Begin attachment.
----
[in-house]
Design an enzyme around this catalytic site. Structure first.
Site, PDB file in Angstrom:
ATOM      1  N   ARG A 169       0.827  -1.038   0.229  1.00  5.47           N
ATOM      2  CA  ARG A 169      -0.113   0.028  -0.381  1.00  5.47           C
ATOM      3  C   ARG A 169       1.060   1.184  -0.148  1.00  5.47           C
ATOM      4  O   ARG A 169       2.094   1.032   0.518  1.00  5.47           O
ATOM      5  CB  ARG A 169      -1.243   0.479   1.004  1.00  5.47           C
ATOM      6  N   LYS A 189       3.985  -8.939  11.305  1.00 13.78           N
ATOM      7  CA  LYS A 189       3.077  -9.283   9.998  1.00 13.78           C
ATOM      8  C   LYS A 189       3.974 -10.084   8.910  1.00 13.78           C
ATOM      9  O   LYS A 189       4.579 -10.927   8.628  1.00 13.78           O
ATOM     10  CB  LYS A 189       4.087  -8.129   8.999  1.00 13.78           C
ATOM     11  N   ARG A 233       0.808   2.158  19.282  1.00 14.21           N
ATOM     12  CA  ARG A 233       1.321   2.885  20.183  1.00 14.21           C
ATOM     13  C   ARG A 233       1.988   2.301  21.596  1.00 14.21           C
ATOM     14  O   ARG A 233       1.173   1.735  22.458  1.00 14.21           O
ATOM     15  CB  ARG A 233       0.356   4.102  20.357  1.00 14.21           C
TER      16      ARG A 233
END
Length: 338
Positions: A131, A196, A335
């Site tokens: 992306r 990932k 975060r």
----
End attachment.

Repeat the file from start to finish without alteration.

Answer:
[in-house]
Design an enzyme around this catalytic site. Structure first.
Site, PDB file in Angstrom:
ATOM      1  N   ARG A 169       0.827  -1.038   0.229  1.00  5.47           N
ATOM      2  CA  ARG A 169      -0.113   0.028  -0.381  1.00  5.47           C
ATOM      3  C   ARG A 169       1.060   1.184  -0.148  1.00  5.47           C
ATOM      4  O   ARG A 169       2.094   1.032   0.518  1.00  5.47           O
ATOM      5  CB  ARG A 169      -1.243   0.479   1.004  1.00  5.47           C
ATOM      6  N   LYS A 189       3.985  -8.939  11.305  1.00 13.78           N
ATOM      7  CA  LYS A 189       3.077  -9.283   9.998  1.00 13.78           C
ATOM      8  C   LYS A 189       3.974 -10.084   8.910  1.00 13.78           C
ATOM      9  O   LYS A 189       4.579 -10.927   8.628  1.00 13.78           O
ATOM     10  CB  LYS A 189       4.087  -8.129   8.999  1.00 13.78           C
ATOM     11  N   ARG A 233       0.808   2.158  19.282  1.00 14.21           N
ATOM     12  CA  ARG A 233       1.321   2.885  20.183  1.00 14.21           C
ATOM     13  C   ARG A 233       1.988   2.301  21.596  1.00 14.21           C
ATOM     14  O   ARG A 233       1.173   1.735  22.458  1.00 14.21           O
ATOM     15  CB  ARG A 233       0.356   4.102  20.357  1.00 14.21           C
TER      16      ARG A 233
END
Length: 338
Positions: A131, A196, A335
């Site tokens: 992306r 990932k 975060r």